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Students Arrange Cell Phone Drive for Domestic Violence Victims

Peder Aalgaard | Staff Writer | 11-19-2011

Last week, students in Dr. Janet Prater’s domestic violence course held a cell phone drive in the Lower Hobson Union to benefit the Family Safety Network in Walker. The drive was run by Matt Casey, Abigail Connly, and Tanner Little who opted to do a productive project for the class rather than a research paper.

As far as they knew, the drive had never been done through Bemidji State University before. They got the opportunity to run the drive when the Family Safety Network director, Chris Swenson, visited the class as a guest speaker. When asking if there was anything they could help with, Swenson mentioned that the phone drive would benefit from volunteers at BSU.

The phones would be given to people who are trying to get out of abusive relationships. Each working phone would be donated to offer someone a way to make 911 calls during an emergency. Since phones do not need a service provider to make 911 calls, the phones provide a free way for families to call for help in times of danger.  The drive collected eight phones and eight chargers from different students. “If one cell phone saves one life, the entire drive has been worth while,” Connly said.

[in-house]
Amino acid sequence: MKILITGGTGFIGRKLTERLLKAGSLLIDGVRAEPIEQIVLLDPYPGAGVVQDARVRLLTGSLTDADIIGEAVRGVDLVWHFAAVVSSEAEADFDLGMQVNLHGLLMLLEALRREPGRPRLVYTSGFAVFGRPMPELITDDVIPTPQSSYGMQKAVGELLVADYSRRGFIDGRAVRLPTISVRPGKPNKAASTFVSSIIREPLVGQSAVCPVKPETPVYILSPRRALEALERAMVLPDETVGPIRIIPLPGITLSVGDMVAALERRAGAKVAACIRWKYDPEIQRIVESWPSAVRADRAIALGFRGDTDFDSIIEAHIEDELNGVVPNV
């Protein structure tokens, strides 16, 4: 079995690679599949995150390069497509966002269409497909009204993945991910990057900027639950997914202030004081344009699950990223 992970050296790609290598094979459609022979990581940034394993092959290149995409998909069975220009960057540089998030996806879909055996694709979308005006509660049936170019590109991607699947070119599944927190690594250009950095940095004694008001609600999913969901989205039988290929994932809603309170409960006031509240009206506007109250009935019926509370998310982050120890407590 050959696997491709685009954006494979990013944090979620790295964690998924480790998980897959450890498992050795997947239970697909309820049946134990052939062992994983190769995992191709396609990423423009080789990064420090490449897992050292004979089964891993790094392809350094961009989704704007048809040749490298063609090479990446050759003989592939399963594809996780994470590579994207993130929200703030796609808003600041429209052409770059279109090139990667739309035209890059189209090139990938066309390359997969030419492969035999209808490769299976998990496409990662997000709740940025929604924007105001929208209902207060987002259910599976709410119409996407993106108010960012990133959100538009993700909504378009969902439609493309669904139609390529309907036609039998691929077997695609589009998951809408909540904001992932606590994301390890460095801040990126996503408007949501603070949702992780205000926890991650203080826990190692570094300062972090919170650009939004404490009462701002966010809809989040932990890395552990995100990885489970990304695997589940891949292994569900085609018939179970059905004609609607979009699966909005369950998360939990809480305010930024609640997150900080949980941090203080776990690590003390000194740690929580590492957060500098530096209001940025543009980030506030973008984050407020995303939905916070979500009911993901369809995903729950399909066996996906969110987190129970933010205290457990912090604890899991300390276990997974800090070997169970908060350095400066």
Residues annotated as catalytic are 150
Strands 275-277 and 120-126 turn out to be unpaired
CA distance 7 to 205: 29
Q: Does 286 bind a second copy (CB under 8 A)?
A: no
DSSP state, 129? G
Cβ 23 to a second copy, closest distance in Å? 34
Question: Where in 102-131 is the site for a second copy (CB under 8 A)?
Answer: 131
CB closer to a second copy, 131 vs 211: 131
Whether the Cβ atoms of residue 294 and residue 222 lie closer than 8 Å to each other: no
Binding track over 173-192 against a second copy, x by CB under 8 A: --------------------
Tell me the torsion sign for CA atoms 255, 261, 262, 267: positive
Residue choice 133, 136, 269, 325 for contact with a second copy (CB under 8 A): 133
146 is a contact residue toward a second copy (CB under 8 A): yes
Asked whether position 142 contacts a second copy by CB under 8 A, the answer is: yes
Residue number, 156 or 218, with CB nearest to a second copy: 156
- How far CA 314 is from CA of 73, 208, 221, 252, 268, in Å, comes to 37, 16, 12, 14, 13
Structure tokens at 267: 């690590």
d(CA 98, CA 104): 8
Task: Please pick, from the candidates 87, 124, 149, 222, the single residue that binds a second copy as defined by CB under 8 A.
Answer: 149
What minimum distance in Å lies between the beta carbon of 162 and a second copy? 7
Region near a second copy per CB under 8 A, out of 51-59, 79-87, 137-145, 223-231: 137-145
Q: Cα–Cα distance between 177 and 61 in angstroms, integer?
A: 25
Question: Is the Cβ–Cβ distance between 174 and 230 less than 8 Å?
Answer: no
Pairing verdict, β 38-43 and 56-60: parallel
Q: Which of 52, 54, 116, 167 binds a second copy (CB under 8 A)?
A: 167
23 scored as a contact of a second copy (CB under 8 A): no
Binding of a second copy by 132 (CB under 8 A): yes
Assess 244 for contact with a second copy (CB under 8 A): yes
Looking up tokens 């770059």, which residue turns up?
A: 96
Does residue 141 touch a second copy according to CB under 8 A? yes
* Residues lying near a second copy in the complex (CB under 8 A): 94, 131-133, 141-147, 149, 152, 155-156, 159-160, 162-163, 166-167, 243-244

The students behind this event were glad to know that they were making some sort of difference with their project. They want people to know that domestic violence is a topic that needs to be addressed more. Some of the facts they provided were that victims in white families will try to leave their abuser between seven and nine times before completely ending the relationship; victims in Native American families attempt to leave the abuser 22 times. And while there are an estimated 6 million domestic assaults each year, it is difficult to say how many for sure due to occurrences that go unreported by the victim.
Dr. Janet Prater has taught the domestic violence class for six years, this being the sixth and final year. She will be leaving the end of this year but she hopes she will not take the class with her. She believes the course is important and has seen students benefit from taking it. Some of her former students now have jobs that require them to use what they learned on an everyday basis.

“It’s nice,” she said, “to see students in a position where they can use this.” During her time here, she has worked on multiple events designed to help work for a safer domestic life for everyone, such as the Peace Walk with Northwood Coalition and a mini conference called Breaking the Silence with Nokomagiisis.

Students that still want to donate cell phones can drop them off in Dr. Prater’s mailbox. Any donation can help to make life better for someone in need.